Nurses and hospital staff among survivors of deadly Wellington fire

May 16, 2023

A deadly fire at a Wellington hostel used by migrant nurses and other hospital staff described as a “one in one hundred year” event by Fire and Emergency New Zealand, has killed at least six people with another 11 still unaccounted for.

Capital, Coast and Hutt Valley Te Whatu Ora confirmed “a number” of their staff lived in Loafers Lodge, a three-storey, 92-room hostel in Newtown, very close to Wellington Hospital.

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On Tuesday afternoon, a spokesperson said: “As far as we are aware, all of our staff who lived at Loafers Lodge have been accounted for”.

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A total of 52 people were rescued from the blaze, including five residents from the roof of the lodge.

‘Nothing happened there, it was a safe place for everyone to stay and there was light there all the time — especially for shift workers. It was safe for me to go at 11pm at night or midnight . . .’

At a media briefing on Tuesday afternoon, police said an extensive scene examination would begin tomorrow, when the site was safe.

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About six police staff were working on Operation Rose to establish who was at the lodge on Monday night, and those still unaccounted for.

They are urging anyone who was staying in Loafers Lodge in recent days and is safe — or anyone concerned for someone — to contact police.

A ‘safe and cheap’ option for workers

Kaitiaki Nursing New Zealand is aware of at least one nurse who escaped the fire at the hostel, which was a popular short-term accommodation option for migrant nurses, along with a range of hospital staff.

A Wellington nurse and former Loafers Lodge resident said after hearing about the fire, she had contacted one nurse, an acquaintance who had lived at Loafers Lodge for several years — and found she was safe and had escaped the fire. “She was fine, she said they were altogether at a Newtown hall.”

The nurse told Kaitiaki  she stayed at Loafers for a few months in 2012, after arriving in New Zealand from India.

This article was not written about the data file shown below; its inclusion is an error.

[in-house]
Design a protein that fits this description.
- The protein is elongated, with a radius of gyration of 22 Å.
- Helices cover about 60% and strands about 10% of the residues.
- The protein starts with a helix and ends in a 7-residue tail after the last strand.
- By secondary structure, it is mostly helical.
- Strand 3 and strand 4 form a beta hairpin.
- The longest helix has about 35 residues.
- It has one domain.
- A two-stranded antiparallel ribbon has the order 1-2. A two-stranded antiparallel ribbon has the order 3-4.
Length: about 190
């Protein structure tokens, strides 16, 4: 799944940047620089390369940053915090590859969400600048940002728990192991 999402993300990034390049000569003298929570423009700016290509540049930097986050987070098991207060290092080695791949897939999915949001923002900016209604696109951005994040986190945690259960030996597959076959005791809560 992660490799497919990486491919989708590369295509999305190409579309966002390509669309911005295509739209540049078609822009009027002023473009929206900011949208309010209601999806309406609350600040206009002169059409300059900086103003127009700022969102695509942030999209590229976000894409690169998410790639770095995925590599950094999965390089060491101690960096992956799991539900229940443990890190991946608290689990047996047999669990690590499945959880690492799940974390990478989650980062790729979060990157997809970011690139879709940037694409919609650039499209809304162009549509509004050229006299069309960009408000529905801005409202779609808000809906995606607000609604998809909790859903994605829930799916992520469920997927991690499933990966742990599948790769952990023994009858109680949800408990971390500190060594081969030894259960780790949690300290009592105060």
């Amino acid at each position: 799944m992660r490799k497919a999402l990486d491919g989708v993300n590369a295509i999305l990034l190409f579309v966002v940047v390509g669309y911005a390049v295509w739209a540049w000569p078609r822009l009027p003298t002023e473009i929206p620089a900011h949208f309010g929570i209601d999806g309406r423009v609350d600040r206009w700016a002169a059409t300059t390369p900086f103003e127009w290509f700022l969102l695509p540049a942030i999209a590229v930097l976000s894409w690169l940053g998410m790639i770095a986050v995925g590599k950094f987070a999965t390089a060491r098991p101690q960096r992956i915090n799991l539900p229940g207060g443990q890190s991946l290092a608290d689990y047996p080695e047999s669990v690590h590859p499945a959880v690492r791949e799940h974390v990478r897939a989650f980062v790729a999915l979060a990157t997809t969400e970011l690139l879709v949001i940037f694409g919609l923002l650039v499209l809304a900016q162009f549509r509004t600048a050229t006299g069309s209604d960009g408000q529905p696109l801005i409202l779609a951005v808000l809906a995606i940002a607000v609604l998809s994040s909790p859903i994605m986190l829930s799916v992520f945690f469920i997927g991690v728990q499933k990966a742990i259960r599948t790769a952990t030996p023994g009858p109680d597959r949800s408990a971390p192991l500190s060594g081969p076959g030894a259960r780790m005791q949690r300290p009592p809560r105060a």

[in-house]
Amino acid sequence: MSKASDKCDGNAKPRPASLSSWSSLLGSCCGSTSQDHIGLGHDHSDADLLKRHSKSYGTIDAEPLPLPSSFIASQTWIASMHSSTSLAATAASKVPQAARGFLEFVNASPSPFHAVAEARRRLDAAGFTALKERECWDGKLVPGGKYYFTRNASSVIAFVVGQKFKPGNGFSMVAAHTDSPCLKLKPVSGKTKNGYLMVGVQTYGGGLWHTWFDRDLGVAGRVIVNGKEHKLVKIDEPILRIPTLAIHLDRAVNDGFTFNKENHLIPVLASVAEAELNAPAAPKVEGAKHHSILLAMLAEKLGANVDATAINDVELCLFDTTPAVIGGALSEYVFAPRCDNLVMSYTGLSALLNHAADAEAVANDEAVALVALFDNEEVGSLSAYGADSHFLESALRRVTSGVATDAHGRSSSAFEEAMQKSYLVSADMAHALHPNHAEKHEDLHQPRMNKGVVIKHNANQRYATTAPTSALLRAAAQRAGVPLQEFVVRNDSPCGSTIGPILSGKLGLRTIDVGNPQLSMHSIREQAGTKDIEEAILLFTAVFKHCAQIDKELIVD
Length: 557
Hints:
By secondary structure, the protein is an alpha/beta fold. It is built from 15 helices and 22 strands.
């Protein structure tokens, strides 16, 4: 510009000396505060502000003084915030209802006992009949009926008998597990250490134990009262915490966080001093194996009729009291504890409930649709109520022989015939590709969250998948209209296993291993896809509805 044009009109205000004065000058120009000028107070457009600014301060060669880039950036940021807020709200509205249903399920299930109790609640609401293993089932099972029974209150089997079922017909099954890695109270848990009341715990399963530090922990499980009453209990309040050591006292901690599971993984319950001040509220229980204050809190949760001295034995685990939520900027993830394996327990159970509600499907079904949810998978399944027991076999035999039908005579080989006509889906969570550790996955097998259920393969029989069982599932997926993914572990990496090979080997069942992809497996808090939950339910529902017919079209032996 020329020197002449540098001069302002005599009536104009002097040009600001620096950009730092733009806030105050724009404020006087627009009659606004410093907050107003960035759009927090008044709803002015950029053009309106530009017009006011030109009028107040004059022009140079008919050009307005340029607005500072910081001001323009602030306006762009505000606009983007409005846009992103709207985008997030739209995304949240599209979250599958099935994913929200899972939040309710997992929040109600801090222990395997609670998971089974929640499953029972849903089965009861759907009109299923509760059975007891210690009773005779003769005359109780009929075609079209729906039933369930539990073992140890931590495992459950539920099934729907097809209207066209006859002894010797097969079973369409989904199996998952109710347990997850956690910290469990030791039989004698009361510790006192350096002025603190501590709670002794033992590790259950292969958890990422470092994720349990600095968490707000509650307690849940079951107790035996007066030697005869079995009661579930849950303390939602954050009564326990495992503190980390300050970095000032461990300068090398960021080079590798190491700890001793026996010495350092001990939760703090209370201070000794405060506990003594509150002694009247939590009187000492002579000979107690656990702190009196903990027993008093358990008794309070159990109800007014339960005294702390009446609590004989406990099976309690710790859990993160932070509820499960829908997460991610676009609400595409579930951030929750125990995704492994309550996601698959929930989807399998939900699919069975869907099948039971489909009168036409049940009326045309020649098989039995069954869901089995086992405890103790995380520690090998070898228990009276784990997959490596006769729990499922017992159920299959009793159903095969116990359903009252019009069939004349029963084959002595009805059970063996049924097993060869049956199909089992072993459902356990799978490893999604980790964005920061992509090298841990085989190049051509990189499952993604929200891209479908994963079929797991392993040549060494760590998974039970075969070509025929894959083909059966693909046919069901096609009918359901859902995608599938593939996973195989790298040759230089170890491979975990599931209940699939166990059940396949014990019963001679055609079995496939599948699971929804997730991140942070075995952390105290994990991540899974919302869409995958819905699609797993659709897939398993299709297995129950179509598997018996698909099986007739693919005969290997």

“It was very handy, close to the hospital, and there were people around — it was a safe space to stay,” she said. It was cheap, safe and convenient — she paid about $220 per week for a room, shared kitchen and bathroom.

“It was great for me — it felt very safe,” she told Kaitiaki. “It was a bit of a shock to hear [about the fire] because I used to live there.”

Loafers Lodge was a popular option with migrant nurses and a range of health workers, particularly the first and ground floor, where the professionals tended to stay, she said. Migrant nurses tended to stay just for a few weeks or months until they found more permanent accommodation or their families joined them, she said.

‘It was a bit of a shock to hear [about the fire] because I used to live there.’

“Nothing happened there, it was a safe place for everyone to stay and there was light there all the time — especially for shift workers. It was safe for me to go at 11pm at night or midnight, it was fine.”

On the higher levels, however, there had been reported thefts and were more “random” occupants.

Photo: Wellington City Council

During her stay at the lodge, the smoke alarms would go off “quite often”,  requiring management to turn them off, she said.

Staff working overnight at Wellington Hospital described treating burn victims from Loafers. There were many minor injuries but also one person with major burns who was transferred to Hutt Hospital.

Hospital staff also said there were at least five admissions to the emergency department, mostly for burns and smoke inhalation, but also one broken ankle suffered by a resident who jumped from a window to escape the fire.

The lodge’s website says: “We boast the city’s most practical and cost-effective rooms – especially if you want to stay near to the Wellington Hospital.”

Grant Brookes

Tōpūtanga Tapuhi Kaitiaki o Aotearoa NZNO board member, mental health nurse and Wellington resident Grant Brookes, said some mental health inpatients were discharged to the lodge, when rooms were available.

He said it was extremely difficult to find affordable housing for patients, without a permanent address and a lack of resources, due to a severe housing shortage in the city.

“[The fire] has the potential to further delay discharges for some of the tangata whaiora under mental health services in the region.”

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Wellington Mayor Tory Whanau said the fire had left 50 lodge residents displaced. Alternative accommodation had been arranged for 20 fire survivors so far.